The destructive impacts of Category 4 Hurricane Michael on the forests of northwest Florida were captured by ForWarn II's routinely produced Early Detect product one week after the event. The stark pattern of greatest damage in red and orange consists of a 50 km-wide swath that stretches from near the track of the hurricane's eye to the Apalachicola River which likely had reduced greenness from both wind damage and flooding. This damage to forests crosses the entire Florida panhandle into... (read more)
ForWarn's all-lands approach to monitoring provides valuable insights into crop damage caused by summer storms. In July and August of 2018, hail storms struck eastern Nebraska causing severe damage to corn and soy.
Remote sensing provides an invaluable way to track severe weather's effect on agricultural production, especially when it can be delivered soon after the event. Most storm reports of hail, for example, do not result in detectable change, suggesting that they are of limited... (read more)
Hurricane impacts to forests can vary greatly depending on the qualities of the storm. Hurricane Florence stood out for its slow speed and heavy rainfall to the Carolinas, while Hurricane Michael, that crossed Florida's panhandle just a few weeks later in 2018, was a powerful wind-event that passed relatively quickly. ForWarn II's near-real-time capabilities reveal the initial storm effects, then in concert with higher resolution imagery and ancillary data assessments can discriminate among... (read more)
ForWarn’s ability to accurately map defoliation comes from the high temporal frequency of the source imagery (MODIS). With any change detection, multiple disturbances are often at work in the same landscape at the same time, so careful assessment requires consideration of other stressors or disturbances.
In the Boise National Forest, defoliation from the spruce budworm and large wildfire have been recurring every year. Recently, a periodic eruption of the Douglas fir tussock moth has... (read more)
Remote sensing technologies provide an increasingly efficient way to monitor large tracts of forest canopy conditions in near-real-time and seasonally. Observational systems, such as ForWarn's MODIS-based product line, provide a continuous weekly stream of observational data that can be readily processed in ways that are useful for summary reports on changing forest conditions. Remote sensing approaches to regional monitoring are particularly powerful when they use consistent measures,... (read more)
Remote sensing is adept at identifying and qualifying many forest disturbances, but there remains a substantial need to further quantify actual impacts in many cases. Traditionally, vegetation change-detection approaches, such as that used by ForWarn, identify and measure disturbance severity as the magnitude of change of some measure of reflected light between two dates or periods. ForWarn tracks the percent change in NDVI relative the prior year or years, with this index falling or rising... (read more)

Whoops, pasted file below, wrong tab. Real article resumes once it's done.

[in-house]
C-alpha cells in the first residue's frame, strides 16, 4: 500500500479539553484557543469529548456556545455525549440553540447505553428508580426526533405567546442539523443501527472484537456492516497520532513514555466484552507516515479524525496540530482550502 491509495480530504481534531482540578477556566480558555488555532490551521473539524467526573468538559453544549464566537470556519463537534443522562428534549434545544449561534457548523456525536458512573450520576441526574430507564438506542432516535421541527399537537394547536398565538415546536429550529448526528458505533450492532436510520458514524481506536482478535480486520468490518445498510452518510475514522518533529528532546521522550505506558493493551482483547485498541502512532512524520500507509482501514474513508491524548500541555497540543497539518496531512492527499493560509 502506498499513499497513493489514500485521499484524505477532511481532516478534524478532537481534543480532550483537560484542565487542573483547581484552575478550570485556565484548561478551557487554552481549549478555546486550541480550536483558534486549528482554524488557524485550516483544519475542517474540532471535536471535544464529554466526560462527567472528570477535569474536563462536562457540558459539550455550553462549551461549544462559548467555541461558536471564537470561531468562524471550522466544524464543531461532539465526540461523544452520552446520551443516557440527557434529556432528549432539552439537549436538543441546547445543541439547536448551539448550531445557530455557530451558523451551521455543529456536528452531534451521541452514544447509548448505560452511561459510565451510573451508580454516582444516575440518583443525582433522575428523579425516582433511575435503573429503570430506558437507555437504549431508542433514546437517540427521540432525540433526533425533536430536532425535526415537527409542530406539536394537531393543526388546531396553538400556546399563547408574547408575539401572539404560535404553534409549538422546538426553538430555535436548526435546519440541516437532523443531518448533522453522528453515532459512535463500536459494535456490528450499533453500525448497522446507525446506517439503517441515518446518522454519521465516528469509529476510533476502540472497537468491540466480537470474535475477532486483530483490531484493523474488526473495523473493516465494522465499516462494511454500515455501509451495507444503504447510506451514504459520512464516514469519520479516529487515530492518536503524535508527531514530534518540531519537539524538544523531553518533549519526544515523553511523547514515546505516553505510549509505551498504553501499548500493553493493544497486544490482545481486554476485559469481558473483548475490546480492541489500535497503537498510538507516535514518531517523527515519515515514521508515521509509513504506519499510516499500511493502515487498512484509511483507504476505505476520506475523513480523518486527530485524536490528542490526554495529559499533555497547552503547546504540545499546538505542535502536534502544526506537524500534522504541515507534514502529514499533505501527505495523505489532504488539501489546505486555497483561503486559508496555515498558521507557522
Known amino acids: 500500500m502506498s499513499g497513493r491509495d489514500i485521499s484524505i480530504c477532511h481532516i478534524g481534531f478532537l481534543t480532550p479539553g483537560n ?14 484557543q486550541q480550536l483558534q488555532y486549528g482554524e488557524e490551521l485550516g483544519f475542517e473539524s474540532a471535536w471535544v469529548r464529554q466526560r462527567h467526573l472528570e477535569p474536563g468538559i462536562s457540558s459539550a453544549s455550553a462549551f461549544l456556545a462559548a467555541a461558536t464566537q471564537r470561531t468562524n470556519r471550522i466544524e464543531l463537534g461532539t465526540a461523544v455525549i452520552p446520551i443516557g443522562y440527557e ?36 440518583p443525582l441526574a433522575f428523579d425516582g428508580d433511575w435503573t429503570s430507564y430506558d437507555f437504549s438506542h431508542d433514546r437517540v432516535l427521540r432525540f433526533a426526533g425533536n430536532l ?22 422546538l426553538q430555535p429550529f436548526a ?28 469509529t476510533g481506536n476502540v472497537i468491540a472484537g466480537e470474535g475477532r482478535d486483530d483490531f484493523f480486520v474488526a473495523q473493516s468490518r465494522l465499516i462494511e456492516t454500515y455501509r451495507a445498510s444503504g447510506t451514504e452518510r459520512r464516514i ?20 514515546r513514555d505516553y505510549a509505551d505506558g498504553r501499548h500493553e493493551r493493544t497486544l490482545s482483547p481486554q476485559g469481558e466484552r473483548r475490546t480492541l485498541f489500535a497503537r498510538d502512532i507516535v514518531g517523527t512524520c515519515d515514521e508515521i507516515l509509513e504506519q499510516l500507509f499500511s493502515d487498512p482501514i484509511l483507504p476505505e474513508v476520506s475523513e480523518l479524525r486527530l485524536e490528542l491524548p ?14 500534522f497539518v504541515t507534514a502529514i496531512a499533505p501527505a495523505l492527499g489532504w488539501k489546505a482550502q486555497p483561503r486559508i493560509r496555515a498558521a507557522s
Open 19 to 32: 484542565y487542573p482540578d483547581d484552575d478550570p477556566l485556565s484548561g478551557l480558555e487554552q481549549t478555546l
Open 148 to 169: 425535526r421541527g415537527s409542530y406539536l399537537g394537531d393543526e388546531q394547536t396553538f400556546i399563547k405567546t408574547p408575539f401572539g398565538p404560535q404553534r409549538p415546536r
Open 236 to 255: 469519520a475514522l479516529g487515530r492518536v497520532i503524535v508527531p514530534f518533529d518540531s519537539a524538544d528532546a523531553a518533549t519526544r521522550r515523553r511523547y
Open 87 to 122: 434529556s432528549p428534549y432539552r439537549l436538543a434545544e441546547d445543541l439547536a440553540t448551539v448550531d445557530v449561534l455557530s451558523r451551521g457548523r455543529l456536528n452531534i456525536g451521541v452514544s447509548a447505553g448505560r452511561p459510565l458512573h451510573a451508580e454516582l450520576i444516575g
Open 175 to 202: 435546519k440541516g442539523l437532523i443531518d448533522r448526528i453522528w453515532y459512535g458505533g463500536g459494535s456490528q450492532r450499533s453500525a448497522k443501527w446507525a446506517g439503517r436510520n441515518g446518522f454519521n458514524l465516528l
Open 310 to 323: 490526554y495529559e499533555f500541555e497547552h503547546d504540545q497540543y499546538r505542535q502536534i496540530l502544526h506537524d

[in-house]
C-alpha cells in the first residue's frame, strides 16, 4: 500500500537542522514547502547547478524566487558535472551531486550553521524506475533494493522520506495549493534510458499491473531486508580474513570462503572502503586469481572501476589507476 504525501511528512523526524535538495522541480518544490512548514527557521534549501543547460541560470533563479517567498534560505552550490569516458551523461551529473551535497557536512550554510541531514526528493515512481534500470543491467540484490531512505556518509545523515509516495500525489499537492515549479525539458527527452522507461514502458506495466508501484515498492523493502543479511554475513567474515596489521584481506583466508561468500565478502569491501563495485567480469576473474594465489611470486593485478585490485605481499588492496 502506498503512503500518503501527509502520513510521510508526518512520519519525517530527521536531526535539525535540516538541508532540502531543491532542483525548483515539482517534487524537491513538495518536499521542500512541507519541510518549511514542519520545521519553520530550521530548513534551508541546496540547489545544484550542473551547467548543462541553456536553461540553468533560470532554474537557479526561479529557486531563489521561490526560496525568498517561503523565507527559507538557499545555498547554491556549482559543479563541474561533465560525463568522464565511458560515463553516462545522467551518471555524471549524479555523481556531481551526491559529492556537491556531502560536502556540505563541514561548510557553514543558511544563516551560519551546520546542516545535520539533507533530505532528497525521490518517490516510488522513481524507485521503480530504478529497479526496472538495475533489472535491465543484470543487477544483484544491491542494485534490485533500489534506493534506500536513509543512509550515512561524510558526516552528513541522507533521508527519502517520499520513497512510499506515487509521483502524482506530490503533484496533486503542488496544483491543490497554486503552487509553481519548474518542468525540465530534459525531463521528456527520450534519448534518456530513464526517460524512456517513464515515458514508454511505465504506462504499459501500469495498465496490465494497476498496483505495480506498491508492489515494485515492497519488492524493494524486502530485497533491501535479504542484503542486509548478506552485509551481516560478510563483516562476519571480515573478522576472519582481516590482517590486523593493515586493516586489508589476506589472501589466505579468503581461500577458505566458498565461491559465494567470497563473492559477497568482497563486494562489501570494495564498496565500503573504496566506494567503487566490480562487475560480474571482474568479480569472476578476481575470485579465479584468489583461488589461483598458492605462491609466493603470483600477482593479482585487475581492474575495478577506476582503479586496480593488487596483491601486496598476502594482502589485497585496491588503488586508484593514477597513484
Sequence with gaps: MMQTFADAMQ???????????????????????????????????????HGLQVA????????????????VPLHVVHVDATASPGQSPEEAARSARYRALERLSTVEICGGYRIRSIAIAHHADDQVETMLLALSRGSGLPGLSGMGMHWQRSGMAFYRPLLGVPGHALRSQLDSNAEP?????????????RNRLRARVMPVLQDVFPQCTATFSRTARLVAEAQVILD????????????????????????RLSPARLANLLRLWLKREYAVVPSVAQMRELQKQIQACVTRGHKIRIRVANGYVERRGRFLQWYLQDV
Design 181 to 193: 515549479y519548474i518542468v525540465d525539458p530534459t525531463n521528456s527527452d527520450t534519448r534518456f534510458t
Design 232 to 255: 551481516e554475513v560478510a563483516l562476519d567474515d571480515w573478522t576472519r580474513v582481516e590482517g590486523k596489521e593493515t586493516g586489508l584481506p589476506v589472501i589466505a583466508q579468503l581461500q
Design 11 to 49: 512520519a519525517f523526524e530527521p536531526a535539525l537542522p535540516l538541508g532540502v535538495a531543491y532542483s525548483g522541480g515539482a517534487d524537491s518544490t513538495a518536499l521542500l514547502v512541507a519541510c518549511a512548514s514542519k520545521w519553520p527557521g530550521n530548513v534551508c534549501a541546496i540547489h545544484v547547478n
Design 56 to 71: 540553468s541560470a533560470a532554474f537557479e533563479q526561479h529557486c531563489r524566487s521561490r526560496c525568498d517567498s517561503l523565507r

The Forest Tent Caterpillar (Malacosoma disstria) is a widespread native defoliator of deciduous forests in the Eastern US. While host trees differ regionally, the insect prefers sweet gum (Liquidambar styraciflua), tupelo gum, black gum (Nyssa spp.) and species of oak (Quercus spp.) in the bottomland forests of North Carolina's Coastal Plain.
The larvae hatch in early spring as the tree buds swell, then larvae defoliate emerging and growing leaves in April and early May. After a few... (read more)
The Pandora Moth (Coloradia pandora) is a native defoliator of ponderosa, Jeffrey and lodgepole pine trees of the Western US. During most years, populations and defoliation is minor, but periodic outbreaks cause widespread defoliation (Speer and others 2001). The outbreak shown here in Arizona's Kaibab National Forest first caused significant defoliation in June-July of 2013 and defoliating caterpillars have now returned in 2015.
One of the more peculiar aspects of outbreaks is that... (read more)
Urban areas are renowned for their admixture of species and vegetation types that can change from one parcel to the next. Yards and woodland parks intermix with road medians--all of which may be dominated by an irregular mix of native and exotic trees, shrubs, herbs and grasses. In cities, the vegetation of nearly every block is compositionally complex.
These species green up at different times and at different rates. Because of this, it can be difficult to decide when spring occurs... (read more)
Understanding the normal start of greenup for croplands is important because it provides a baseline to compare year to year conditions. The date of greenup for agricultural lands varies based on year-to-year climate factors, the unique responses of the specific crop or vegetation type planted, and farmers' management practices. For areas that need to be planted in the spring, wet late winters can delay planting. Cool springs can delay growth. Either can potentially influence seasonal growth... (read more)